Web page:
Template the SSH Connection Attribute — Click the [T] button to template the SSH Connection Attribute. This will create a Workflow variable for the SSH Connection Attribute. When you deploy, you will provide a value for the variable. This enables you to select the SSH Connection Attribute at deployment runtime.

Step 5: Specify Working Directory on Remote Host

  1. In Working Directory, specify the full folder path where the script is executed on the remote host, for example /tmp or /home/ubuntu for Linux or %TEMP% for Windows.
    This Working Directory is assumed to exist. Harness won’t create the directory as part of this Shell Script step's execution.

    If Working Directory is empty, Harness uses the Application Defaults setting for RUNTIME_PATH or WINDOWS_RUNTIME_PATH. If this Application Defaults setting is not present then workflow will fail.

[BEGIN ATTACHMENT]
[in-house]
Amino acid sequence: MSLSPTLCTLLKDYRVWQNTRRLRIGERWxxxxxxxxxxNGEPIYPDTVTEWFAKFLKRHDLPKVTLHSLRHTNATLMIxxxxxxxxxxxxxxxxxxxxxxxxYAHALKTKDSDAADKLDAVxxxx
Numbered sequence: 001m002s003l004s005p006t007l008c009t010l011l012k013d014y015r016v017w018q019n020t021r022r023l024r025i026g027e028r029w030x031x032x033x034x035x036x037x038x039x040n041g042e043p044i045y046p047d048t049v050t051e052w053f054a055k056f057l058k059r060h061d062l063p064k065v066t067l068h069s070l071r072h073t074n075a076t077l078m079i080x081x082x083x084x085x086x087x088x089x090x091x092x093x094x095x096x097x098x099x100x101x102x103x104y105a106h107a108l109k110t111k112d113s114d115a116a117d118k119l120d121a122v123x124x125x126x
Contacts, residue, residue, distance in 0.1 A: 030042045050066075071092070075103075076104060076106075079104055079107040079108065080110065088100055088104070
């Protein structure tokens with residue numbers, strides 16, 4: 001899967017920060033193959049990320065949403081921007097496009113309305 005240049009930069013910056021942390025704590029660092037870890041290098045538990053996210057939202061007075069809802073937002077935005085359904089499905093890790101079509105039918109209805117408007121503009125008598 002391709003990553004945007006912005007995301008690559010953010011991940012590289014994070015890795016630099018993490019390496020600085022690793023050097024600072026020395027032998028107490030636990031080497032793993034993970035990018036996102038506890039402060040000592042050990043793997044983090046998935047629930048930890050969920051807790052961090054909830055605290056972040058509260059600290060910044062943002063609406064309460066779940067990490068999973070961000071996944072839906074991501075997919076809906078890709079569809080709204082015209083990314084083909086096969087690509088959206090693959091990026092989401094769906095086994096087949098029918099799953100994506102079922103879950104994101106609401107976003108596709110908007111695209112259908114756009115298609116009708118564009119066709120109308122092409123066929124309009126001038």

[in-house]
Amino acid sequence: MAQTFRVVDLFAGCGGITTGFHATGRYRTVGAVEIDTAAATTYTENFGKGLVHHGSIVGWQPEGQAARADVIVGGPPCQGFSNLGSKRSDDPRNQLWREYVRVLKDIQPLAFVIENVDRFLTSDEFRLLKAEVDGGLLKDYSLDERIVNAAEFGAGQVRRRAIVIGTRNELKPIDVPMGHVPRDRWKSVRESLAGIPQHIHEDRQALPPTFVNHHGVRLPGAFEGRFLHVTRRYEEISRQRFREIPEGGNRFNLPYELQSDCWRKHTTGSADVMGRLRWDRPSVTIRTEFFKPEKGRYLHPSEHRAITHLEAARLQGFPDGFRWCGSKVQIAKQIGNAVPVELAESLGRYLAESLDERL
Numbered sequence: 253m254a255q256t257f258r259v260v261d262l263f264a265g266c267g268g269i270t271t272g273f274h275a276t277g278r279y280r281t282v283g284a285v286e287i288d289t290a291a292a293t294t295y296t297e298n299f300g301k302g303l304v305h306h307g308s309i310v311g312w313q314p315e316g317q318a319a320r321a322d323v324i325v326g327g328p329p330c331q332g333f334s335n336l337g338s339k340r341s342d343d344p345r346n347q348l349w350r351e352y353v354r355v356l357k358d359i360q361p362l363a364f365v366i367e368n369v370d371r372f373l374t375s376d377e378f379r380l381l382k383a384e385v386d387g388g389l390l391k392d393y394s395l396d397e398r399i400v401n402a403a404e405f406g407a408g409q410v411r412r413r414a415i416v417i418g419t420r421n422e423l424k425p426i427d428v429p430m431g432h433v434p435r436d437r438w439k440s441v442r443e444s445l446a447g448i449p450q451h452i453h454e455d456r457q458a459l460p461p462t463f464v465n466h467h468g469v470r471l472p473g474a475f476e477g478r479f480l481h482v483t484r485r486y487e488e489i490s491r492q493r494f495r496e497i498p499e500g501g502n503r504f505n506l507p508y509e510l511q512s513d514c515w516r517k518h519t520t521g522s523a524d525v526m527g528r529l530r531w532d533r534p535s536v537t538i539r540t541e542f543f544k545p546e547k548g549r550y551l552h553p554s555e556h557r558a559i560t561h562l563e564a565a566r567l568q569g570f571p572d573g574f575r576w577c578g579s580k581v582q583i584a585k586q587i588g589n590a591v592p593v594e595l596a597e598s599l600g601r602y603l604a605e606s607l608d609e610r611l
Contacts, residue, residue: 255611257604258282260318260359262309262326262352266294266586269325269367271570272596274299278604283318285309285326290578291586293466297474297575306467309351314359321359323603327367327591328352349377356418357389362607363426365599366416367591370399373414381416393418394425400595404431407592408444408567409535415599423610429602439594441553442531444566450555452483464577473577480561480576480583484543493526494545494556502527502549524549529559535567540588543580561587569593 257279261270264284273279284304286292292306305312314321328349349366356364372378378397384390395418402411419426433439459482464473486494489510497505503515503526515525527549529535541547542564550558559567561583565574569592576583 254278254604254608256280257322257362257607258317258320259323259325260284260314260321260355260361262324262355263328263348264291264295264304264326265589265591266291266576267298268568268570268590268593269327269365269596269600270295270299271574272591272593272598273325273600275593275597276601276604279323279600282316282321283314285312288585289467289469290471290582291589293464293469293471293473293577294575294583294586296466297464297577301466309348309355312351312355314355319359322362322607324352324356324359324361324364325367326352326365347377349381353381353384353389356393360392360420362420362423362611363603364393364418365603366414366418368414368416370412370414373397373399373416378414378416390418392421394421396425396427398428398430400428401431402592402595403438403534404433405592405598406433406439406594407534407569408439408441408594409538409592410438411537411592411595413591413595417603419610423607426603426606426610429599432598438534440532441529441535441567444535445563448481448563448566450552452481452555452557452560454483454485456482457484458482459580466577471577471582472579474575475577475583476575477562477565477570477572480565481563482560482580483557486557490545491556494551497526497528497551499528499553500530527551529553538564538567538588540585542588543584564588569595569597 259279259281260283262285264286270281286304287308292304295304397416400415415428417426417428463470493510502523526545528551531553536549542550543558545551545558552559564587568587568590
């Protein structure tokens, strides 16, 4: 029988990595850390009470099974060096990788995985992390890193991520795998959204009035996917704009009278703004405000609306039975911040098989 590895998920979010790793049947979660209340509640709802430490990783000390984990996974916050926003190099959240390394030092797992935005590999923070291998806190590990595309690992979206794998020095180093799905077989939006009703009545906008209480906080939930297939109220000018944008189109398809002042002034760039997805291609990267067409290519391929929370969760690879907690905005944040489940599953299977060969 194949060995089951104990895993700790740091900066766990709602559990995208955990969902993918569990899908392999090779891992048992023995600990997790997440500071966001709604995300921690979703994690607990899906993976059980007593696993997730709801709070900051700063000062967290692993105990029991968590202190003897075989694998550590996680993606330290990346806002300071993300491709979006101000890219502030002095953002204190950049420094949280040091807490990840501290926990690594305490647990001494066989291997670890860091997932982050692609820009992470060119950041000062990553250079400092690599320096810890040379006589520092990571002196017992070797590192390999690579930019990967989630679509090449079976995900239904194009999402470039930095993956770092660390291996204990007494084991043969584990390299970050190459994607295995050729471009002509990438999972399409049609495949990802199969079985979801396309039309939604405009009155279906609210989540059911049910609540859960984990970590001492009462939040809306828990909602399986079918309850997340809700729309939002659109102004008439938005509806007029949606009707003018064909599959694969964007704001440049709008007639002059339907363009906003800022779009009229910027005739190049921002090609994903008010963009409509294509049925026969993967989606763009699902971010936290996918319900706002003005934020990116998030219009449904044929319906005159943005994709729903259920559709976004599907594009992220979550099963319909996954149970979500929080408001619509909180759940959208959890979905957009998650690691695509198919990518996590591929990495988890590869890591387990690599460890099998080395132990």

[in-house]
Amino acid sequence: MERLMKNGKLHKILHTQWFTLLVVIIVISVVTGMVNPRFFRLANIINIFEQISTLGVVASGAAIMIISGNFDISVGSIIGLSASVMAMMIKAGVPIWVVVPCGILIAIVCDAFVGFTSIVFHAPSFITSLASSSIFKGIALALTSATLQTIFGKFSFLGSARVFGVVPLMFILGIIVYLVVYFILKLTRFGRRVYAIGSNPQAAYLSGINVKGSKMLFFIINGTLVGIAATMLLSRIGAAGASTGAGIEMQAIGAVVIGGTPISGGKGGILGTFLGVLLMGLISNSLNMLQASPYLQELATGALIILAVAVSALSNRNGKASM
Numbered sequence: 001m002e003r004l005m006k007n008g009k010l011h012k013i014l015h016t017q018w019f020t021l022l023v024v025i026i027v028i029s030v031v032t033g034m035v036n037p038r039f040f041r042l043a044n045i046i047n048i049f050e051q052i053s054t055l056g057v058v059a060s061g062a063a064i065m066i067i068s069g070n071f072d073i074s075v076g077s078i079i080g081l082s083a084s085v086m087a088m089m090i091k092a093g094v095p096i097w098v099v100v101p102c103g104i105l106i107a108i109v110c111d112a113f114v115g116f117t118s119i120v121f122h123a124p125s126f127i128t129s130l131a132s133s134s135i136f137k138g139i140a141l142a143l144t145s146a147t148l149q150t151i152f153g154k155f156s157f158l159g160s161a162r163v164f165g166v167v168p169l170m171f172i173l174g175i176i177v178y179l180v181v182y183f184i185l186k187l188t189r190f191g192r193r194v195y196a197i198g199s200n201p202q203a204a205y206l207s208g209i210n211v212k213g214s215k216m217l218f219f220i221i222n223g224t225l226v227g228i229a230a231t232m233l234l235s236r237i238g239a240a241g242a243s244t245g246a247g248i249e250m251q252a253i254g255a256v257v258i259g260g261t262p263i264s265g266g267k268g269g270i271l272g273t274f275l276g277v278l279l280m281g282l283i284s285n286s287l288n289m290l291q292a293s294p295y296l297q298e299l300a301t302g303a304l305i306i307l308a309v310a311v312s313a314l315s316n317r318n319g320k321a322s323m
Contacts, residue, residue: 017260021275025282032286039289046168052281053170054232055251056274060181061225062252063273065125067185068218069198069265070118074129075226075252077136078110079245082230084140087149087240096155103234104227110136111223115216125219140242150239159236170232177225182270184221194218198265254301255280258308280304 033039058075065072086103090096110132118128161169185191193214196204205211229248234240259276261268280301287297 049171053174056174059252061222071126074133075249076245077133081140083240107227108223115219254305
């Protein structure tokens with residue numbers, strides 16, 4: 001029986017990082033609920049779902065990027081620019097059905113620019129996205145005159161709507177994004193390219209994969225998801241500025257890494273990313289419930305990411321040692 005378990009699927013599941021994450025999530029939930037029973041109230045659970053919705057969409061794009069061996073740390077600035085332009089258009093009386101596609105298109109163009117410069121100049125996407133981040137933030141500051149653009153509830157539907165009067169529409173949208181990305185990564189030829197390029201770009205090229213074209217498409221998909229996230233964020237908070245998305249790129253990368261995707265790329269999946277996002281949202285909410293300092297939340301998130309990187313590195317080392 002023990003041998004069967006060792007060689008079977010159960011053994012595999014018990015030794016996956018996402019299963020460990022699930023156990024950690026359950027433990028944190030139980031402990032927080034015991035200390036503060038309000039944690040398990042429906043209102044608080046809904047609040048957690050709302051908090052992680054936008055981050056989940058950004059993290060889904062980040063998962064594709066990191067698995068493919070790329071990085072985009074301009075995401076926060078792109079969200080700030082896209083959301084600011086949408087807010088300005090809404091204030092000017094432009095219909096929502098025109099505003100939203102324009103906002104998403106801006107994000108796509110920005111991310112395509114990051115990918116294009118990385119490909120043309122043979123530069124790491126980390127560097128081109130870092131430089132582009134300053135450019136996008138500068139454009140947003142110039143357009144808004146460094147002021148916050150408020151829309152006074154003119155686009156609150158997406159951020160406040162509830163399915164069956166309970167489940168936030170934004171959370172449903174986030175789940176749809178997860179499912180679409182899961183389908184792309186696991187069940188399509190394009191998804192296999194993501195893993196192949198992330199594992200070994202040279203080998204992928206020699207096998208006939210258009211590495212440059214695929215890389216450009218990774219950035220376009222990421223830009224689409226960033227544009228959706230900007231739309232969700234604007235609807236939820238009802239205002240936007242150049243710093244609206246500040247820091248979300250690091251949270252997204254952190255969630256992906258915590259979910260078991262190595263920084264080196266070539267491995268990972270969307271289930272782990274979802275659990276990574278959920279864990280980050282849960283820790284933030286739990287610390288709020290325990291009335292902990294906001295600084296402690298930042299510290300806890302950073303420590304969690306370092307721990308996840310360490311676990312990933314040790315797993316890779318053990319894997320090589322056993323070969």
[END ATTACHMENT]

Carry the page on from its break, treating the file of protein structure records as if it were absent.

See Create Default Application Directories and Variables.

Option 1: Select the Harness Delegate to Use

  1. In Delegate Selectors, select the Selector for the Delegate(s) you want to use. You add Selectors to Delegates in order to ensure that they are used to execute the command. For more information, see Select Delegates for Specific Tasks with Selectors.

    Selectors can be used whether Execute on Delegate is enabled or not. The Shell Script command honors the Selector and executes the SSH connection to the specified target host via the selected Delegate.

    An example where Selectors might be useful when Execute on Delegate is disabled: When you specify an IP address in Target Host, but you have 2 VPCs with the same subnet and duplicate IP numbers exist in both. Using Selectors, you can scope the the shell session towards the delegate in a specific VPC.